Lazy Metrics?

Standardized tests and Clergy Metrics have a lot in common

All across our country, school districts are in an uproar over metrics. In Albuquerque, New Mexico, they are short 200 teachers for this week’s first day of school. Why? Because the state has adopted a Metrics system which evaluates teachers on the performance of their students in standardized tests. Perhaps, the United Methodist Church should observe this mess before we wade deeper into using metrics (statistics, such as the change in church attendance) to evaluate pastoral performance. 


I don’t have a problem with accountability. I have a problem with lazy metrics. In an ideal world, supervisory personnel would frequently visit each classroom and observe teachers first hand. Testing would only be done as an aide to the student, as they seek master the material. Teamwork would be encouraged, not replaced by metrics driven competition. Recognizing the flaws of lazy metrics, some professions are investing in evaluative systems based on peer review. Current advances in sociology and organizational theory are pointing the way towards accountability processes which develop the passions that are latent in all good teachers and preachers. 


The United Methodist Church desperately needs to recover its call to spread scriptural holiness across the land. Keeping the main thing, the main thing (that is, the love of Christ), is likely to become more difficult if we continue down the metric road. Pastors will fight to be placed in situations where numerical growth is easy. They will, like some teachers, give up on the Gospel and learn to teach to the test.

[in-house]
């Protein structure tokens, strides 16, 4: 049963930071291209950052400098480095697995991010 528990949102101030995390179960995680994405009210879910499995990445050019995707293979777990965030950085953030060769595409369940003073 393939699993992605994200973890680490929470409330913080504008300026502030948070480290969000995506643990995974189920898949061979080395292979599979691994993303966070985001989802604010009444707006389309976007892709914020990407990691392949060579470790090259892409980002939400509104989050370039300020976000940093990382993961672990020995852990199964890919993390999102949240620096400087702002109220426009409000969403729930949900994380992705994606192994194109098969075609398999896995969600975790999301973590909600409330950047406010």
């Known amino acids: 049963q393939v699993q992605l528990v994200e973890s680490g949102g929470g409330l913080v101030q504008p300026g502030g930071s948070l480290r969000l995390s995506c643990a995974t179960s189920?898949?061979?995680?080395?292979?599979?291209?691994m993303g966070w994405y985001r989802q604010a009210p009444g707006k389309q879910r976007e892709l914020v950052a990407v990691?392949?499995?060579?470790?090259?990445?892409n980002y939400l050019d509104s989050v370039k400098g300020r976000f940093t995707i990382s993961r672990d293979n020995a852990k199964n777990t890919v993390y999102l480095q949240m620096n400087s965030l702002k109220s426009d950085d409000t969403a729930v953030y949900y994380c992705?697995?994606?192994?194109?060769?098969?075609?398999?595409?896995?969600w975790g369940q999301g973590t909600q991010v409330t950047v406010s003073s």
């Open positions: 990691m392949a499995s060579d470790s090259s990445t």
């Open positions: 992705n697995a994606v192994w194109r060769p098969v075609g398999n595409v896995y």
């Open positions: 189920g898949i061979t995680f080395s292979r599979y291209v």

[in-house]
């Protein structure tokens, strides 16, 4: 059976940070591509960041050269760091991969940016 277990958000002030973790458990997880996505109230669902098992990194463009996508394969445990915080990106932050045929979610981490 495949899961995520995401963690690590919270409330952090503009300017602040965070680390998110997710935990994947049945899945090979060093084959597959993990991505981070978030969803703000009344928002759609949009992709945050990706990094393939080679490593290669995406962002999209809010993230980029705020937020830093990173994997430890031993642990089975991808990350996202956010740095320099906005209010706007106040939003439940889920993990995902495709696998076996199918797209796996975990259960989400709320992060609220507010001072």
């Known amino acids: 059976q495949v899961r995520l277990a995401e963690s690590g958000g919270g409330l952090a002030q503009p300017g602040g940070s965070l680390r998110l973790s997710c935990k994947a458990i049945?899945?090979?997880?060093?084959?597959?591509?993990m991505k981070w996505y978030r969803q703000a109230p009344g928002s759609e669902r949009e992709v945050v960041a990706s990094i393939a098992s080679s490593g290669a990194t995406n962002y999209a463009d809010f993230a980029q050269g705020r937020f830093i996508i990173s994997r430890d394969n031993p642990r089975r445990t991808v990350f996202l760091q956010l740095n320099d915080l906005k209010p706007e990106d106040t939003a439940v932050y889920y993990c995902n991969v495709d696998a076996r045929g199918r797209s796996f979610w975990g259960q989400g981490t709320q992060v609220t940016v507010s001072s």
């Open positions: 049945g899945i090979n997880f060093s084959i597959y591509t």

The driving passion of the Wesleyan movement in post-colonial America, was reaching marginalized people and providing them with Christian fellowship, the sacraments, and social healing. The question wasn’t, how do we get more members, but how do we address the particular needs of the people in this particular community. Wesley’s metrics weren’t helped by his tendency to stand by the coal mines as the shifts were changing and preach to the miners filing by.


To be fair, the current public education system in New Mexico is broken. The legislators and governor needed to do something. I wish, they could have had the resources and courage not to do the lazy thing. The cycle of poverty in New Mexico, and in other states, needs to be addressed using the best methods available. Community development and parental participation need to be addressed.


The thing is, we are in a better place to do the right thing in the United Methodist Church. Transitional process needs to be taught. Pastoral accountability needs to be based on teamwork and involvement in the community. Peer review needs to replace metrics. Supervisors need to supervise proactively with compassion, not simply wave sticks and carrots. Most of all, the task of sharing the Gospel needs to be made central.

United Methodist Church